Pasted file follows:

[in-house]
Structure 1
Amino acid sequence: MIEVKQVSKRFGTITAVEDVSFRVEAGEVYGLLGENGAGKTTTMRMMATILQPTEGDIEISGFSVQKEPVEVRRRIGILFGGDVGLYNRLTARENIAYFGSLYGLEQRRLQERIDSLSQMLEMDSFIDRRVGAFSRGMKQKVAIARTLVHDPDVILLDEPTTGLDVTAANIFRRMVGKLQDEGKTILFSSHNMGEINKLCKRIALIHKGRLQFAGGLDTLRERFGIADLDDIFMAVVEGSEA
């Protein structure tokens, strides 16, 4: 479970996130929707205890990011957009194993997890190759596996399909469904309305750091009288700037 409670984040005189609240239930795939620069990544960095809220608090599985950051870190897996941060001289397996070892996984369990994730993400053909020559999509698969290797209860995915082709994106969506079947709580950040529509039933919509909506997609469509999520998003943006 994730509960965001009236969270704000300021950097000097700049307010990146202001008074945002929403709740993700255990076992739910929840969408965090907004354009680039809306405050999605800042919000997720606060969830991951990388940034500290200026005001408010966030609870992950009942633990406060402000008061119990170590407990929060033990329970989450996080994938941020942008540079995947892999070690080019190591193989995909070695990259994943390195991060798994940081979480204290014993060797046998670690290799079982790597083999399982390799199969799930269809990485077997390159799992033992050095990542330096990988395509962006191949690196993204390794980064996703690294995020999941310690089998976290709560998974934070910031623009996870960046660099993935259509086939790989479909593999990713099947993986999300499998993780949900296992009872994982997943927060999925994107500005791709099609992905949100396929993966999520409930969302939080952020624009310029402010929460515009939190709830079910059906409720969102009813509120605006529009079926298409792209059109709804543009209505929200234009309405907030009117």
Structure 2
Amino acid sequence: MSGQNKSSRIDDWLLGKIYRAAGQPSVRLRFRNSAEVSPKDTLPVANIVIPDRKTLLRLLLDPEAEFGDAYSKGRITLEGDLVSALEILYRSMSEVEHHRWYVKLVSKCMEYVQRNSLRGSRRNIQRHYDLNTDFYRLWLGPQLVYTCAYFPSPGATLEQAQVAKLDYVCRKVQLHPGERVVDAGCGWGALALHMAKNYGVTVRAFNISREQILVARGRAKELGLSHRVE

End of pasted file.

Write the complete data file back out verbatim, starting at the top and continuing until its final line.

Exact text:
[in-house]
Structure 1
Amino acid sequence: MIEVKQVSKRFGTITAVEDVSFRVEAGEVYGLLGENGAGKTTTMRMMATILQPTEGDIEISGFSVQKEPVEVRRRIGILFGGDVGLYNRLTARENIAYFGSLYGLEQRRLQERIDSLSQMLEMDSFIDRRVGAFSRGMKQKVAIARTLVHDPDVILLDEPTTGLDVTAANIFRRMVGKLQDEGKTILFSSHNMGEINKLCKRIALIHKGRLQFAGGLDTLRERFGIADLDDIFMAVVEGSEA
């Protein structure tokens, strides 16, 4: 479970996130929707205890990011957009194993997890190759596996399909469904309305750091009288700037 409670984040005189609240239930795939620069990544960095809220608090599985950051870190897996941060001289397996070892996984369990994730993400053909020559999509698969290797209860995915082709994106969506079947709580950040529509039933919509909506997609469509999520998003943006 994730509960965001009236969270704000300021950097000097700049307010990146202001008074945002929403709740993700255990076992739910929840969408965090907004354009680039809306405050999605800042919000997720606060969830991951990388940034500290200026005001408010966030609870992950009942633990406060402000008061119990170590407990929060033990329970989450996080994938941020942008540079995947892999070690080019190591193989995909070695990259994943390195991060798994940081979480204290014993060797046998670690290799079982790597083999399982390799199969799930269809990485077997390159799992033992050095990542330096990988395509962006191949690196993204390794980064996703690294995020999941310690089998976290709560998974934070910031623009996870960046660099993935259509086939790989479909593999990713099947993986999300499998993780949900296992009872994982997943927060999925994107500005791709099609992905949100396929993966999520409930969302939080952020624009310029402010929460515009939190709830079910059906409720969102009813509120605006529009079926298409792209059109709804543009209505929200234009309405907030009117």
Structure 2
Amino acid sequence: MSGQNKSSRIDDWLLGKIYRAAGQPSVRLRFRNSAEVSPKDTLPVANIVIPDRKTLLRLLLDPEAEFGDAYSKGRITLEGDLVSALEILYRSMSEVEHHRWYVKLVSKCMEYVQRNSLRGSRRNIQRHYDLNTDFYRLWLGPQLVYTCAYFPSPGATLEQAQVAKLDYVCRKVQLHPGERVVDAGCGWGALALHMAKNYGVTVRAFNISREQILVARGRAKELGLSHRVE